The “Appalachian Hub” sketched here – and I stress that this is just a back of the envelope concept, and there is absolutely no state rail planning agency behind this unless people in these states make it happen – fills in the big hole in the middle of the current state plans east of the Mississippi.

You may notice that one of the striking features of this Appalachian Hub is how much of it lies outside of Appalachia. The reason for that is simple. While the Great Lakes states, Southeast Coast states, and Gulf Coast states have at least got systems up on the drawing boards that Appalachian rail corridors can connect to … it seems like the state governments of Kentucky and Tennessee have been laying down on the job.

So the first stage is to complete the hole in the ring around Appalachia, with a corridor from Atlanta to Chattanooga to Nashville to Louisville to Cincinnati. As noted on the map, the Nashville to Cincinnati leg could also be usefully extended to Memphis.

Access to an 110mph route at Chattanooga opens up the door to an Amtrak speed route from Knoxville to Chattanooga, which can be incrementally upgraded to 90mph then 110mph. When it reaches 110mph, that opens the door to a through route from Atlanta to Knoxville, which can run through to Lexington and on to Cincinnati.

The ultimate target for these corridor would be electrification and signal and level crossing upgrades to allow them to run at 125mph.

Stage 2: The Real Appalachian Hub

Even with these corridors in place, there are still a big hole in the map. Much of the hole represents the Appalachian mountains themselves. But of course, they have mountains in Spain, Italy and Japan – that’s why they led the way in developing tilt trains.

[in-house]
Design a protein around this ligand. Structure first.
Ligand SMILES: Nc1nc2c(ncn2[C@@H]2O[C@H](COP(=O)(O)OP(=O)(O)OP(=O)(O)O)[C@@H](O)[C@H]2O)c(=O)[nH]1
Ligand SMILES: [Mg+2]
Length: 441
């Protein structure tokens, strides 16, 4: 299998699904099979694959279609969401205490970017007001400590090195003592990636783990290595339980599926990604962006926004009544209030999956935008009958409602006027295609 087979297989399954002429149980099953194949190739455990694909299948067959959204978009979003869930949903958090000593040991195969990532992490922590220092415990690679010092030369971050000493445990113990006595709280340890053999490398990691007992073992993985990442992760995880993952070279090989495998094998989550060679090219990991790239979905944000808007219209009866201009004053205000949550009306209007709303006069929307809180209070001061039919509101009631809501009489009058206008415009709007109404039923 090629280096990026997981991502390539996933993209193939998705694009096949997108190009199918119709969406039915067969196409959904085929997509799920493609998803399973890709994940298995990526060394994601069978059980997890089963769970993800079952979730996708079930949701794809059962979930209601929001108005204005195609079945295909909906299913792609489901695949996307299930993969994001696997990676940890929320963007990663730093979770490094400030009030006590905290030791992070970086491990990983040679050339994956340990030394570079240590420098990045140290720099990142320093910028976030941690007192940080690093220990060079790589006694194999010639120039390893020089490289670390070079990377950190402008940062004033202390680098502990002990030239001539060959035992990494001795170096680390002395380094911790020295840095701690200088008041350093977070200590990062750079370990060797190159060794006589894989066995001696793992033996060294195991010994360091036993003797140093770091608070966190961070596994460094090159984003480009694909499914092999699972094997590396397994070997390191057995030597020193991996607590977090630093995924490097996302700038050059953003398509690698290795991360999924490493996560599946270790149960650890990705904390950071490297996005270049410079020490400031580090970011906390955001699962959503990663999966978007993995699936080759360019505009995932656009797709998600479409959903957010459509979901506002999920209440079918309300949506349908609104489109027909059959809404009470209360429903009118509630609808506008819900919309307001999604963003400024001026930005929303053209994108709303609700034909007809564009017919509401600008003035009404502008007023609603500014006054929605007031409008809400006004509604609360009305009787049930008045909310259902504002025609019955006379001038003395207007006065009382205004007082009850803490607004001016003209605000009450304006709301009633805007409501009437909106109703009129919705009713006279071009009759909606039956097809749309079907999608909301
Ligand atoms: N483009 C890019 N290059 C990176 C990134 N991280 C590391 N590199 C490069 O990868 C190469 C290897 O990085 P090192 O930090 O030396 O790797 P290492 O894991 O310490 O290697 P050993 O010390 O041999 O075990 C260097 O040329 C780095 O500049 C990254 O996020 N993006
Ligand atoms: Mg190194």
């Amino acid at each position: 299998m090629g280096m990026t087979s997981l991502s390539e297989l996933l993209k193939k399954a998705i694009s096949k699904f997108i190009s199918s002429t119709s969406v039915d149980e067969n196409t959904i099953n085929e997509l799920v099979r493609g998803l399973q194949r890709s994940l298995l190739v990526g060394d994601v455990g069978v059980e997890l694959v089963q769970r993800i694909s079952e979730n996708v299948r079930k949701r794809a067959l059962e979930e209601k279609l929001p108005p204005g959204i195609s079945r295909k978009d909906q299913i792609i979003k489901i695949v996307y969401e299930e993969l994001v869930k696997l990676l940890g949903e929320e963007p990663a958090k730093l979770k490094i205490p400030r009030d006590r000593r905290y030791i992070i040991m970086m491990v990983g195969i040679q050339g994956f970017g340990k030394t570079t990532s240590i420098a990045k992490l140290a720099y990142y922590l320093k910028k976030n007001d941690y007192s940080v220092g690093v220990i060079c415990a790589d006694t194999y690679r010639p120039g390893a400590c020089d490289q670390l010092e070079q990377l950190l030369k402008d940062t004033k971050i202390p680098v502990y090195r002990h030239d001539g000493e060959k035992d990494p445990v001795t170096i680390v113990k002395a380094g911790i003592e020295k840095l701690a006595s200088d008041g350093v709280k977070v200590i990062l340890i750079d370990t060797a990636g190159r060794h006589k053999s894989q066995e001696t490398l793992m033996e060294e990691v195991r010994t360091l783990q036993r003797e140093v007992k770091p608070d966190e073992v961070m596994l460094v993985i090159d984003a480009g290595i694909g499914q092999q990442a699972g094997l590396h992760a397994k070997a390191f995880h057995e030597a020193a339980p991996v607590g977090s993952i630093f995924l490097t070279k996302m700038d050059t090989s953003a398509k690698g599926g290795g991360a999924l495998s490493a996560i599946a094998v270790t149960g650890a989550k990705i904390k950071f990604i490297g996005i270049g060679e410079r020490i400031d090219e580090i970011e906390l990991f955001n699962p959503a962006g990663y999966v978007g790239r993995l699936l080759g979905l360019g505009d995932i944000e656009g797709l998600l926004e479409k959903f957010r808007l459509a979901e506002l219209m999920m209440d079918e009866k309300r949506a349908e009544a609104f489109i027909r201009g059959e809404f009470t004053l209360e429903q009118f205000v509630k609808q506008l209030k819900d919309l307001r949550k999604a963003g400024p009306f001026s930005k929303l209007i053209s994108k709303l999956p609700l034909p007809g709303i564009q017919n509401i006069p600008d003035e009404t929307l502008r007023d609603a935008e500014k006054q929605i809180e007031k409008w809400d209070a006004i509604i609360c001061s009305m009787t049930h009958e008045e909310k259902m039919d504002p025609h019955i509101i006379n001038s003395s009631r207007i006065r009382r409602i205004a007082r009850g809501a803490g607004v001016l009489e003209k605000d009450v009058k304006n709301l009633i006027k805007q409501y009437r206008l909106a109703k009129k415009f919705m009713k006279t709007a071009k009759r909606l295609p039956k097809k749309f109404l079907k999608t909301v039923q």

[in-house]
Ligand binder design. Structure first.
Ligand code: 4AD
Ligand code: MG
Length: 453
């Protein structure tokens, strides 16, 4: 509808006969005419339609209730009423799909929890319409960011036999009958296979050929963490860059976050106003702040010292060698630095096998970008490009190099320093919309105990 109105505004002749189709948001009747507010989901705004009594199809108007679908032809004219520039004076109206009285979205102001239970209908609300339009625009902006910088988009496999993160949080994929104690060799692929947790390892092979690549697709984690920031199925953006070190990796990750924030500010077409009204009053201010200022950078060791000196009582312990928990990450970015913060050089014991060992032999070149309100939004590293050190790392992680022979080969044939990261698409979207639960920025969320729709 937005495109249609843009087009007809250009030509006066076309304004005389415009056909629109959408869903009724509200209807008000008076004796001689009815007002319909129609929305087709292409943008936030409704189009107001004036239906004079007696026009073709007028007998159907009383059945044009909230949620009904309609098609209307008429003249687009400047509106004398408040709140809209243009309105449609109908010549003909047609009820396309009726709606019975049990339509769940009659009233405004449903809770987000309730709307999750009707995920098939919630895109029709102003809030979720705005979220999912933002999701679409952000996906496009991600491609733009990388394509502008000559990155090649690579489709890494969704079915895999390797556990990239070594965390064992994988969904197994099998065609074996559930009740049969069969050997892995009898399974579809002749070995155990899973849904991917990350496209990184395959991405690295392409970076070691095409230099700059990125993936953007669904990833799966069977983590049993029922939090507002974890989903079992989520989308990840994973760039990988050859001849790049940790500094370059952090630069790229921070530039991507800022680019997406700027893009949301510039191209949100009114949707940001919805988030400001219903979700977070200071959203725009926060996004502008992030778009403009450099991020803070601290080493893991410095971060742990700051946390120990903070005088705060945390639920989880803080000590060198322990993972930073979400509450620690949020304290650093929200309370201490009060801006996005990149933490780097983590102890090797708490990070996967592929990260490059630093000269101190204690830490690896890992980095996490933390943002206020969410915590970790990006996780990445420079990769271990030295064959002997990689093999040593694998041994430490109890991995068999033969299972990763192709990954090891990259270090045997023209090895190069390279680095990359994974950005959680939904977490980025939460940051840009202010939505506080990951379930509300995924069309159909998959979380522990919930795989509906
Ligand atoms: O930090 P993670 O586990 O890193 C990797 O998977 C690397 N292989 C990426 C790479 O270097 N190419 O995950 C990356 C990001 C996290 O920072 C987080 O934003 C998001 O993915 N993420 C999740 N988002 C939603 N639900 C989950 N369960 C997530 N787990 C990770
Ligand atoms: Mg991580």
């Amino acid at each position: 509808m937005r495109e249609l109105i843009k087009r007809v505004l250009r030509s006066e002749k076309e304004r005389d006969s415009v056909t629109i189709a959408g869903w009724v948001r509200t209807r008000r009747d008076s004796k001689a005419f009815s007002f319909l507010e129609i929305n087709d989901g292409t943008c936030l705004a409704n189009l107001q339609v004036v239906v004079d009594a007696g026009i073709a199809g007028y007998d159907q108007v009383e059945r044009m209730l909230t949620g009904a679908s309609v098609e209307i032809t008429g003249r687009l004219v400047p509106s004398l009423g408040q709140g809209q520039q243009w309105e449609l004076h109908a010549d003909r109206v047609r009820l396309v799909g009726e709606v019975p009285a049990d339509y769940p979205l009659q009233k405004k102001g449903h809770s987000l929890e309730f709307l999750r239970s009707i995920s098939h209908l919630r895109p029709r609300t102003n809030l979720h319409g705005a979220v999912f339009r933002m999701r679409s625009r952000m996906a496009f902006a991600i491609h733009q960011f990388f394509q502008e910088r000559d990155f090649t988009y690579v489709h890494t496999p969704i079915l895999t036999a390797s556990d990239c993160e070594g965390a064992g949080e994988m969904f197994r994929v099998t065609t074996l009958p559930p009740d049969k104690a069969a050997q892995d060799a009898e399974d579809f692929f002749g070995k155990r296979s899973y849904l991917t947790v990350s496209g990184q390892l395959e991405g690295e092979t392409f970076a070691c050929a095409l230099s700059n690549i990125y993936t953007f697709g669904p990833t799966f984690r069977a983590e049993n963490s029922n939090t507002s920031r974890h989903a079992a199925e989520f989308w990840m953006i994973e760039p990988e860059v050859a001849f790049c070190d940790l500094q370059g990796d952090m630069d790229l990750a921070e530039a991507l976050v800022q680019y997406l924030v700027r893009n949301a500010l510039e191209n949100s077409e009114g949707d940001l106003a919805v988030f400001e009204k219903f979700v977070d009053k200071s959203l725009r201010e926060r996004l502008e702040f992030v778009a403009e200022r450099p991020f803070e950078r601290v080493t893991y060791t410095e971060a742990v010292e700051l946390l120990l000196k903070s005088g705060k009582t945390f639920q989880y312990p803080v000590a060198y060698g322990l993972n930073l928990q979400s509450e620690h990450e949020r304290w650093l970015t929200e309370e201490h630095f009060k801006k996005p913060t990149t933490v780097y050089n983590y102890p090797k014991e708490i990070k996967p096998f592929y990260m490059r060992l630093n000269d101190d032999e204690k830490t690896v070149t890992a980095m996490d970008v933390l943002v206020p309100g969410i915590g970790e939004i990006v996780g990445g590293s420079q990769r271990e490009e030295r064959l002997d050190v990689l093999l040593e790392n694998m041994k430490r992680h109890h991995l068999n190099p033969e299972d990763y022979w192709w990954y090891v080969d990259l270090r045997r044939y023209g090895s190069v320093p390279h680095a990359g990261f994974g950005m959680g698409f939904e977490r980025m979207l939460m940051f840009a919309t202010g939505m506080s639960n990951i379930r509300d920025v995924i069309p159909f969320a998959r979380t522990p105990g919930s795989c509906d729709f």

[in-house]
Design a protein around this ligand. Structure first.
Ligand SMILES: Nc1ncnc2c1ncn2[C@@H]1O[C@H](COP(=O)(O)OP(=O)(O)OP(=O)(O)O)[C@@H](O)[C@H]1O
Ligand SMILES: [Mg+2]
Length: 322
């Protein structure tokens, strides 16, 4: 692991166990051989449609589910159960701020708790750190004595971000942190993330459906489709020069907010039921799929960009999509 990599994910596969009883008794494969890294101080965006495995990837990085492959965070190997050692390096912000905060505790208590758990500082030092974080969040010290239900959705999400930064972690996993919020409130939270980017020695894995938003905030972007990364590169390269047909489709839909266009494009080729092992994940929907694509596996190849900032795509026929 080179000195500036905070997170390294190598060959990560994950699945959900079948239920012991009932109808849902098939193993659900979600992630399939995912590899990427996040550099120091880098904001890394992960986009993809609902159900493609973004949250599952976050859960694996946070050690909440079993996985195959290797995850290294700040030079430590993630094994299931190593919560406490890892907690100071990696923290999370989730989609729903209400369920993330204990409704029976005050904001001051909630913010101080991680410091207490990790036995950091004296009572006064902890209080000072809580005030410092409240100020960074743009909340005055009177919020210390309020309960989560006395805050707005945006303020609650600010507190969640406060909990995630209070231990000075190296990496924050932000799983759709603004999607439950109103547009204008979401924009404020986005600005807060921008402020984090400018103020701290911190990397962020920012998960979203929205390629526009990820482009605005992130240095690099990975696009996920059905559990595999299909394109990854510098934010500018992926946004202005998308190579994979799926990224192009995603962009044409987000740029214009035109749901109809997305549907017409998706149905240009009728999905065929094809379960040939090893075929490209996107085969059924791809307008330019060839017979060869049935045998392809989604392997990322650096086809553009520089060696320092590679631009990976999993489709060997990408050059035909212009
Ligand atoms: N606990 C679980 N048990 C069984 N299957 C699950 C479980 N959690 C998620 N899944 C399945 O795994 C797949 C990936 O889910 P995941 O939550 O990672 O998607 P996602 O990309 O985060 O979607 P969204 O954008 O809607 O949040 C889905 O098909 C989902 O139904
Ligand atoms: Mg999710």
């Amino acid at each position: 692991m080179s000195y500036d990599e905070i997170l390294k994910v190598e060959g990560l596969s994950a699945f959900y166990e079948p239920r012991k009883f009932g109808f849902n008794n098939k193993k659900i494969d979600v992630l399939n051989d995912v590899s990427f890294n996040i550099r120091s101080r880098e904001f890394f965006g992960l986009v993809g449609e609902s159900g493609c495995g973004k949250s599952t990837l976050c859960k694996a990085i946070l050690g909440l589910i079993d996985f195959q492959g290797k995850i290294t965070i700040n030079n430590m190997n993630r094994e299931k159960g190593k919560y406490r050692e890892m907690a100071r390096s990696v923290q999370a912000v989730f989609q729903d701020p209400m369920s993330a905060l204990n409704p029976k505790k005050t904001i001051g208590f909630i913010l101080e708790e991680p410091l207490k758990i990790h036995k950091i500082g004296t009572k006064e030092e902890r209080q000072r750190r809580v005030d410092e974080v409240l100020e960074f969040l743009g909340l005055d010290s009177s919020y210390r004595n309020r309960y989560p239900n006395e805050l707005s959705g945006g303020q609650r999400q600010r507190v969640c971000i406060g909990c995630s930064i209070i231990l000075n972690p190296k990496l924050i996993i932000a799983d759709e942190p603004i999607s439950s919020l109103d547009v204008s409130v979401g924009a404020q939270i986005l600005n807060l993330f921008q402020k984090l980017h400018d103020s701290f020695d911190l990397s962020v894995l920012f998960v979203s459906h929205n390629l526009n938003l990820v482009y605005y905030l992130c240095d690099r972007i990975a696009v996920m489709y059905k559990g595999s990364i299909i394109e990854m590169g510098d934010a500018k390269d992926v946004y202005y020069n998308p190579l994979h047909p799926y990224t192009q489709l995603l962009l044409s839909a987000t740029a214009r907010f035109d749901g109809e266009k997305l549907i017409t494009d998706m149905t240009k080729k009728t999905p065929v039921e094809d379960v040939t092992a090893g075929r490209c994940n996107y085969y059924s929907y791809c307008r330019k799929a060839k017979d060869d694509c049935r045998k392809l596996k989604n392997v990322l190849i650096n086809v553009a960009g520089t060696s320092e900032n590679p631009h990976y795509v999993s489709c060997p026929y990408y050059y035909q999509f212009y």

The northernmost east-west link is the existing Amtrak route through the eastern pandhandle of West Virginia from Pittsburgh through to Washington DC. That ties into the Keystone Corridor and Ohio Hub at the western end, and the Northeast Corridor and Southeast Corridor at the eastern end.

The second east-west link in the map runs into the Appalachian foothill counties of Ohio that are excluded from the Ohio Hub, then to Charleston, West Virginia, then on to Washington DC on the existing Cincinnati/Washington Amtrak route.

The third east-west link on the map runs from Knoxville, Tennessee through the TN “tri-cities” of Kinsgport, Johnson City, and Bristol, and then through Western Virginia to Roanoke and on to Richmond.

Now, it looks like the second and third east-west links run awful close to each other, and on the state map it looks like it might be possible to crosslink those, with the existing Cincinnati/Washington route through Charleston, WV, connecting to a Columbus/Richmond line. However, while I am still on the look-out for a useful rail link to make that cross-connect – so far the miles between the two routes seem to be “mountain miles”, and it might be that no real useful route exists.

Wait a minute, what about the owners?

This whole business of “sharing right of way” sometimes means laying new track in a sliver of a right of way bought off a railroad … and sometimes means sharing track owned by a private railroad.

Won’t they mind? Many railroads are awfully grumpy hosts for Amtrak, and if an Amtrak service is fifteen minutes late for a scheduled slot, some rail operators will think nothing of putting a coal train in that slot instead that will stretch the delay out to hours.